This Infographic Provides Lots of Details about Russia’s S-400 Advanced Air Defense Systems allegedly deployed to Syria

S-400 Triumph explained.

Some photographs published by Russia’s Ministry of Defense seem to suggest Moscow has just deployed at least one S-400 missile battery to Latakia, to protect the Russian air contingent deployed there.

Although the reports that the next-generation anti-aircraft weapon system was deployed to Syria were denied by the Russian MoD, whether the Russians have really deployed the system to protect their assets at Latakia or not is still subject to debate.

The Russian MoD image shows what looks like a 96L6 radar. However, according to Air Power Australia’s Dr Carlo Kopp “The 96L6 is the standard battery acquisition radar in the S-400 / SA-21 system, and is available as a retrofit for the S-300PM/PMU/PMU1 and S-300PMU2 Favorit / SA-20 Gargoyle as a substitute for the legacy acquisition radars.”

Considered that the presence of the S-400 has been officially denied, provided the one depicted in the photos is really a 96L6 radar, it may be deployed to support something else.

But let’s have a look at an interesting infographic that provides some details about the S-400.

Designated SA-21 “Growler” by NATO, the S-400 is believed to be able to engage all types of aerial targets including aircraft (someone says even VLO – Very Low Observable ones), drones and ballistic and cruise missiles within the range of 250 miles at an altitude of nearly 19 miles. Equipped with 3 different types of missiles and an acquisition radar capable of tracking up to 300 targets within the range of over 370 miles, the Triumph (or Triumf) is a system made of 8 launchers and a control station.

Supported by effective EW (Electronic Warfare) capabilities, the S-400 fires missiles against aerial targets flying at as much as 17,000 km/h: at least on paper, all non-stealth planes (including 4+ Generation planes)  will hardly be able to dodge them.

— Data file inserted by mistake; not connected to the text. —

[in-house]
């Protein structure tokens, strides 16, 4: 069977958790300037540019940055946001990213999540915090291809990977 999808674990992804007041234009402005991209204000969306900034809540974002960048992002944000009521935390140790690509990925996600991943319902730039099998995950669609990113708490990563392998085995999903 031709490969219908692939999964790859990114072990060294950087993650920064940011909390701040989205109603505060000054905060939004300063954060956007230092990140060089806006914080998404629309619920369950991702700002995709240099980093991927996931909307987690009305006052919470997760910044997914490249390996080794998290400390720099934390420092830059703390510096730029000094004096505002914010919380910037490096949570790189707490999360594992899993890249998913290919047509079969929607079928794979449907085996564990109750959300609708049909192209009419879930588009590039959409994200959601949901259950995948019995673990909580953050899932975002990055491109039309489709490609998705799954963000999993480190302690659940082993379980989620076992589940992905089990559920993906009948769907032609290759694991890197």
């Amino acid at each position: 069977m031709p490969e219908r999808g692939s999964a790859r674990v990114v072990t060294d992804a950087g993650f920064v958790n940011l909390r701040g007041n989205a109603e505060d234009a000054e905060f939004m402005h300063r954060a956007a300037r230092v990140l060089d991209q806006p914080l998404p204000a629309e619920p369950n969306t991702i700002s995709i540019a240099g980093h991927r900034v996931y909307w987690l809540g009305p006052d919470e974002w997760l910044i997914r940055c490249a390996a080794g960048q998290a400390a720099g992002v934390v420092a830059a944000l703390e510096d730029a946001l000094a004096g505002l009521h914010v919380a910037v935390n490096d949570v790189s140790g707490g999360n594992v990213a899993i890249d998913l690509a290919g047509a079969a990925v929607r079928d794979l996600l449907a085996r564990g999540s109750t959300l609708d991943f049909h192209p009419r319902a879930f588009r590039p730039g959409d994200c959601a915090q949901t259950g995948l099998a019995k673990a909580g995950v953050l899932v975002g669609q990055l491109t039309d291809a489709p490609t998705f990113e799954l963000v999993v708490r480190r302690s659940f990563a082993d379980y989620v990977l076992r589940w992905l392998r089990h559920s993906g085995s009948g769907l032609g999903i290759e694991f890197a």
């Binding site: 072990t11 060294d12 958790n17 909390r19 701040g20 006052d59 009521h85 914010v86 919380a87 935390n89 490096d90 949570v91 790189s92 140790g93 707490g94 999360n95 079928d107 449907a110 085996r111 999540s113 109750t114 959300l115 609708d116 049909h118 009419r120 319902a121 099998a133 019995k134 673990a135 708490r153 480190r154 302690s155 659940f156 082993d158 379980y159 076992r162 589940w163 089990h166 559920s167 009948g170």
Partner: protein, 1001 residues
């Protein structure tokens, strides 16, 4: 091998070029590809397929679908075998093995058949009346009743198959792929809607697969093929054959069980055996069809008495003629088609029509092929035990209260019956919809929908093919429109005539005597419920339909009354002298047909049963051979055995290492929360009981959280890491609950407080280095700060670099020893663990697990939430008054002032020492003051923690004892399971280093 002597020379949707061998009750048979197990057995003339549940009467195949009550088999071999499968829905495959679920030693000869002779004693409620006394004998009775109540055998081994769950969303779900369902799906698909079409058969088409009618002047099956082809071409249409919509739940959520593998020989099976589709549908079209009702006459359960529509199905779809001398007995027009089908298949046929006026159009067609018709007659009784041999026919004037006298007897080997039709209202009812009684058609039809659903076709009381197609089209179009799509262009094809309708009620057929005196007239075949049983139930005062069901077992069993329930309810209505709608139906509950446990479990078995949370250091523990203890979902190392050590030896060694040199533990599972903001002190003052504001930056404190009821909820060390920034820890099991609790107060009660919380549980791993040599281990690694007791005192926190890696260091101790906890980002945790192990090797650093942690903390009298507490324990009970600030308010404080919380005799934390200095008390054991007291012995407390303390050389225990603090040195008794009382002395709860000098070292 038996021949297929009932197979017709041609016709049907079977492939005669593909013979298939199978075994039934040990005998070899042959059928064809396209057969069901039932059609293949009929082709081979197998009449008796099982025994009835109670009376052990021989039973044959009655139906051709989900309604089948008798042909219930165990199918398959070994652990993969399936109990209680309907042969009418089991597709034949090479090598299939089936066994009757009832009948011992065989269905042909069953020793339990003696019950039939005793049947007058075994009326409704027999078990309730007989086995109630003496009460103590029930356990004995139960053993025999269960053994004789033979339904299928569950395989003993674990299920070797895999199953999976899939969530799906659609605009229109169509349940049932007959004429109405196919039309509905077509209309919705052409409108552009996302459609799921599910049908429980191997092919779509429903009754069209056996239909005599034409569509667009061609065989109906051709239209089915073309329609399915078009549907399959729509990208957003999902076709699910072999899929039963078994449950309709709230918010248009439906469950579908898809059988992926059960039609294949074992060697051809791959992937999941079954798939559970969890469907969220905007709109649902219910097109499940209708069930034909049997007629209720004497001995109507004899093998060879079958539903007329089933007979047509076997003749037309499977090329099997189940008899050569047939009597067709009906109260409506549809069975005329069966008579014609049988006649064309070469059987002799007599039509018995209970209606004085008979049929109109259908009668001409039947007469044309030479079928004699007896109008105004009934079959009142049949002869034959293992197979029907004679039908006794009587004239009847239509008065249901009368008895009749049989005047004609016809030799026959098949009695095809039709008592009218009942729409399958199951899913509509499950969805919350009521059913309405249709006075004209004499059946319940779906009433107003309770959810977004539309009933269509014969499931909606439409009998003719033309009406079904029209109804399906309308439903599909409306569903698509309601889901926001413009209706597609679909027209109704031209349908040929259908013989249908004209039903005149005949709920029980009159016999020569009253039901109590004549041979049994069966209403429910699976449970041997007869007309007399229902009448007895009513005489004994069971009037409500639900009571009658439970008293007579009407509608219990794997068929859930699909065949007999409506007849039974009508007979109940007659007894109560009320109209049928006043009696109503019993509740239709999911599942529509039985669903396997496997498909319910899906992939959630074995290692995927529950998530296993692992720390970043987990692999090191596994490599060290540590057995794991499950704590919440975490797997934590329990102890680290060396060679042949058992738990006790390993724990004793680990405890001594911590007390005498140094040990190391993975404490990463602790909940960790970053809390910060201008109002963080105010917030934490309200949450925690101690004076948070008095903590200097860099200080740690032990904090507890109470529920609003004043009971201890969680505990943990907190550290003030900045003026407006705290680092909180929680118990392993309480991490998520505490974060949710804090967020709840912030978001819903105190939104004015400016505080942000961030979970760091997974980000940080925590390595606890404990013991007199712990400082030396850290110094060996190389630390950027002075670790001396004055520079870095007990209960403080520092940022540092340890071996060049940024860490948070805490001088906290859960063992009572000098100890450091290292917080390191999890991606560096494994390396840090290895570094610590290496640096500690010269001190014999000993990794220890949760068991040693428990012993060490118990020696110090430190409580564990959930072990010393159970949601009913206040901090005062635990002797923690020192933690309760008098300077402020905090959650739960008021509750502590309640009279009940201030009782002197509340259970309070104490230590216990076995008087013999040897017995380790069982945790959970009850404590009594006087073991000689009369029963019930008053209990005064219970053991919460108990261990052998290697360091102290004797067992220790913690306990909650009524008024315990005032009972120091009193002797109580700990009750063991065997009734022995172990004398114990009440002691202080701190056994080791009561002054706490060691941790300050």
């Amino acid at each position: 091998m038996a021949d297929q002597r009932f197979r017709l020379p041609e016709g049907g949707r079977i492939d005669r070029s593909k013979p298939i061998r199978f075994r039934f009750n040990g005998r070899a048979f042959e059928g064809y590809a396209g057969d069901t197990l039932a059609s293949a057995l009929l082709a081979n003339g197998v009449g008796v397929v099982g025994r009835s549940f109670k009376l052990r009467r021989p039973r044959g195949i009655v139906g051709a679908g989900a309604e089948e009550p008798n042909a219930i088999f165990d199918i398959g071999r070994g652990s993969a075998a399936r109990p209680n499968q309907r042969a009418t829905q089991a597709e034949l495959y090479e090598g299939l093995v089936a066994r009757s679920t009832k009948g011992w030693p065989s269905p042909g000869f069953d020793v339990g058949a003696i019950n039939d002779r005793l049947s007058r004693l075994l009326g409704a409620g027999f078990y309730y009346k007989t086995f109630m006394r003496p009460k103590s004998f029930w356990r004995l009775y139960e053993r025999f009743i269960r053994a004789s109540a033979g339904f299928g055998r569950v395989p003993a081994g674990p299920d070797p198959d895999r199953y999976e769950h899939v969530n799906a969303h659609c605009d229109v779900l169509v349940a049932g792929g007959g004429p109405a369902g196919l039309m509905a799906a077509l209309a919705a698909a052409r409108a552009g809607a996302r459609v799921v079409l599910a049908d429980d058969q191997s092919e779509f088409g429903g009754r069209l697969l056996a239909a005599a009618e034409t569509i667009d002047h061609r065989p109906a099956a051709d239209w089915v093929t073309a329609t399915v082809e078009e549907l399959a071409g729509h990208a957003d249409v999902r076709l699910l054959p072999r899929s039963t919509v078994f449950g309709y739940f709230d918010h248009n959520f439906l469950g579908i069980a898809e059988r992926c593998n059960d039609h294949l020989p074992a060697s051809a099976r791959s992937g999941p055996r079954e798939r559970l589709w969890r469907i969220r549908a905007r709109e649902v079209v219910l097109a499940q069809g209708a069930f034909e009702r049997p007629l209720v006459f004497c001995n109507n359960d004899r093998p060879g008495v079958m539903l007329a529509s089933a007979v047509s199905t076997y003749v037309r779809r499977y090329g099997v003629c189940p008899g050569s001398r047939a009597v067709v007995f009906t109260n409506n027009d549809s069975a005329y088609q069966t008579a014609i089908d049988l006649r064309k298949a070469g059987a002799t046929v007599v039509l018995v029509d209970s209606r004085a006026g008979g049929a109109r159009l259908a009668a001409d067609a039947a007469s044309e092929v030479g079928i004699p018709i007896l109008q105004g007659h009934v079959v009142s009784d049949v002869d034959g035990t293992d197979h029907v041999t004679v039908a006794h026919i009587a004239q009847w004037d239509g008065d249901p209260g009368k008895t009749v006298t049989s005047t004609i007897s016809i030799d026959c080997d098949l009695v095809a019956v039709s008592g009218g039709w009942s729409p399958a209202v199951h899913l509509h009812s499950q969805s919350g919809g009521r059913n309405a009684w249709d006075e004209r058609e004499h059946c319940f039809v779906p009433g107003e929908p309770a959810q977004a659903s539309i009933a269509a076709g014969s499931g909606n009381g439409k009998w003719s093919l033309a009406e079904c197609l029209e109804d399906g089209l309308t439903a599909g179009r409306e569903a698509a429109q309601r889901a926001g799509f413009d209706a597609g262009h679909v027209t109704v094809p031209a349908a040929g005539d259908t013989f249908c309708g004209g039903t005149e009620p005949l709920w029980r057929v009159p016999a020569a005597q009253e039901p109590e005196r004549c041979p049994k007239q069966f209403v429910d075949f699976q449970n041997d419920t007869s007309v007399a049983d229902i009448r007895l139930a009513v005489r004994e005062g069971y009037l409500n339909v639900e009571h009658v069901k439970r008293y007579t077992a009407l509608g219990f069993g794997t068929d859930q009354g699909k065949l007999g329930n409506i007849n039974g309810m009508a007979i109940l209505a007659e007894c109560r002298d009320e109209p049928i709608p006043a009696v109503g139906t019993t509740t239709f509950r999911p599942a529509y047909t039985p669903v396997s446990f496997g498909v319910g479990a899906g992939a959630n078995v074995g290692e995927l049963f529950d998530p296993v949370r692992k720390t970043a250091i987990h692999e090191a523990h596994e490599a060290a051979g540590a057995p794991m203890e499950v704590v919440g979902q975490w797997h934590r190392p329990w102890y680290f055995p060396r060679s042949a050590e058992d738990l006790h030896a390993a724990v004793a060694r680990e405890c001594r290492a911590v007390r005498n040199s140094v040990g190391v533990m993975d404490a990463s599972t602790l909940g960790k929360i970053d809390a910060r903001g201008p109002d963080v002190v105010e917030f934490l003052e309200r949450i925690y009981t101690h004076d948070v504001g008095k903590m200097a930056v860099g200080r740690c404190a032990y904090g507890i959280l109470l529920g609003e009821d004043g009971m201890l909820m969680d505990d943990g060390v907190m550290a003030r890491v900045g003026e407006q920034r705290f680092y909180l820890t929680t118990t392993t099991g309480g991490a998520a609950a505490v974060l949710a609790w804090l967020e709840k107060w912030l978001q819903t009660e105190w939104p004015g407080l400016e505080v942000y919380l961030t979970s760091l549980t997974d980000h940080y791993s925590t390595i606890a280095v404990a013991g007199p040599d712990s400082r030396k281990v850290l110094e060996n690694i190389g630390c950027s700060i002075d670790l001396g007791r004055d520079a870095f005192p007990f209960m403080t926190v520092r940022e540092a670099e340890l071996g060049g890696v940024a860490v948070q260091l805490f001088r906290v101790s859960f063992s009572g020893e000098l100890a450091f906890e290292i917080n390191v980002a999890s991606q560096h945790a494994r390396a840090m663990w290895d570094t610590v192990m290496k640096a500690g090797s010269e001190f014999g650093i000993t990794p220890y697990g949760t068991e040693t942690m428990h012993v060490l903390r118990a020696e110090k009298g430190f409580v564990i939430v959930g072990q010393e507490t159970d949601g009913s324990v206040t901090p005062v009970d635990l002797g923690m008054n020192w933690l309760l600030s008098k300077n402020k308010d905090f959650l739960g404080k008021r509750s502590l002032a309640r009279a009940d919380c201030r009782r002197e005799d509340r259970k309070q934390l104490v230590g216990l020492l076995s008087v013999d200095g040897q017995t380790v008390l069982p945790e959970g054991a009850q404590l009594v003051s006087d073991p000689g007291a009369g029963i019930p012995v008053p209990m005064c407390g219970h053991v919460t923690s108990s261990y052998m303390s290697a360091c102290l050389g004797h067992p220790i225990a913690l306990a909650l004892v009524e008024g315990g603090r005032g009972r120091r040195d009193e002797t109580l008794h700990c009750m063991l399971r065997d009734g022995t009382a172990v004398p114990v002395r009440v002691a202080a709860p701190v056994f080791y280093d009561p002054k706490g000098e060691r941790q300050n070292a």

This means that all but U.S. F-22s and B-2s would be threatened by such an advanced air defense system over Syria (and in nearby airspaces).

That said, you can clearly understand why U.S., Israel and NATO are worried that the S-400 (or even S-300) can make their way to Syria (and Iran).

S-400 infographic

Image credit: Sputnik News



About David Cenciotti 4450 Articles
David Cenciotti is a freelance journalist based in Rome, Italy. He is the Founder and Editor of “The Aviationist”, one of the world’s most famous and read military aviation blogs. Since 1996, he has written for major worldwide magazines, including Air Forces Monthly, Combat Aircraft, and many others, covering aviation, defense, war, industry, intelligence, crime and cyberwar. He has reported from the U.S., Europe, Australia and Syria, and flown several combat planes with different air forces. He is a former 2nd Lt. of the Italian Air Force, a private pilot and a graduate in Computer Engineering. He has written four books.


    • No, they think to frighten the U.S. Air Force though if “fight” will begin America has enough power to demolish to hell all this base together with Damascus)

      • Yeah US Air Force has been demolishing major powers like Iraq, Afghanistan, Libya since like forever. What can Russian Air Force with some of the best fighter jets and air defense systems the world has ever seen do to protect their base and retaliate?

  1. Now this is what all the armchair experts who think the F-35 is garbage and the Sub-Par Hornet is great, need to read and process.

    See if they can comprehend the facts….

  2. russian sam technology is modular and interchangeable – at latakia only one s-400 triumph battery acquisition radar 96L6E was confirmed – it is a 3D radar and superior to s-300 radar – it is prudent of the russian MoD to secure their base and west syria against ballistic missiles attacks (grad and frog)

    any bullshit about infighting is now over – thanks to paris attacks – we all have a common enemy
    two people from my hometown were wounded in paris – now its a real war until ISIS is dead


  3. Don’t know if we (the US or NATO) have had the opportunity to suck up ELINT on these systems yet. Could be good for the USAF and USN to get that intel.

  4. The radar can be used independently of the missiles for both air traffic control purposes, and command and control purposes. Just because the radar is there doesn’t mean the entire system is there.

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